Universal substrate builds better lasers/thin-film devices
The race to build lasers and other optoelectronic devices on a compliant universal substrate appears to be over. Since 1996, when the concept was first proposed by scientists at Cornell University, research groups around the world burned candles into the night in an attempt to be the first to find a better way to make high performance semiconductor devices. A joint research team from the University of Houston (UH), Applied Optoelectronics Inc. (AOI), and Cornell University won. The new technique for creating epitaxial thin-film devices, recently unveiled at the North American Molecular Beam Epitaxy Conference, "will allow us to create lasers and optoelectronic devices with better performance and lower costs by relieving a lot of the materials constraints," says Steven Pei, associate director for research at the Space Vacuum Epitaxy Center (SVEC), the NASA Commercial Space Center at UH. Epitaxy grows single crystal materials on a base or substrate with atomic precision. A combination of layers might produce a laser, while another combination could result in a high-efficiency solar cell. Traditional epitaxy requires that the substrate's crystalline structure matches the material being placed on top. Currently, only a few substrate materials are available, fewer still are affordable. The "compliant universal substrate" resembles a grid printed on a piece of rubber loosely bonded to a conventional substrate. It expands or contracts to match the grid of the epitaxy thin film grown on top of it. By eliminating concerns about matching the grids on the underlying conventional substrate, the universally compliant substrate could dramatically increase the choices of epitaxy thin films/substrate combinations for optoelectronic applications. It may even lead to less expensive base/substrate materials, say the researchers. The NSF, Air Force, and Ballistic Missile Defense Organization are funding the research to develop semiconductor mid-infrared lasers for environmental monitoring and jamming of heat-seeking missiles. E-mail: Smart@uh.edu.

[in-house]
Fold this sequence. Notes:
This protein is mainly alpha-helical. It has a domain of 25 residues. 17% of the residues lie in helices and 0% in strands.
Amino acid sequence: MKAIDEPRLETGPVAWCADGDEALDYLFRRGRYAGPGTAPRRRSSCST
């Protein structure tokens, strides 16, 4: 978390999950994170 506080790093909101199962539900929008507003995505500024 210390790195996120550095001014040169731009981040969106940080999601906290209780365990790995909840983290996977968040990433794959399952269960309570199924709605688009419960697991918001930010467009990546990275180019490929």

Secure your computer against hackers with a 'real' lock
Researchers at Sandia National Labs (Albuquerque, NM) dealt a severe blow to potential computer hackers when they debuted the Recodable Locking Device. Made with microelectromechanical systems (MEMS) technology, the lock consists of a series of tiny notched gears that move to the unlocked position only when the owner enters the right code. Dubbed the "world's smallest combination lock," the device may be the first mechanical hardware designed to keep unwanted guests from breaking codes and illegally entering computer and other secure systems, say researchers. The device consists of six code wheels, each less than 300 microns in diameter, driven by electrostatic comb drives that turn electrical impulses into mechanical motion. The lock owner sets a combination to any value from one to one million. The entire mechanism, about the size of a button, measures 9.4 mm @ 4.7 mm. The lock has a secure side and a user side. To unlock the device, the user must enter a code that identically matches the code stored in the code wheels. After one failed try, the device mechanically shuts down and cannot be reset except by the owner on the secure side. Sandia demonstrated prototypes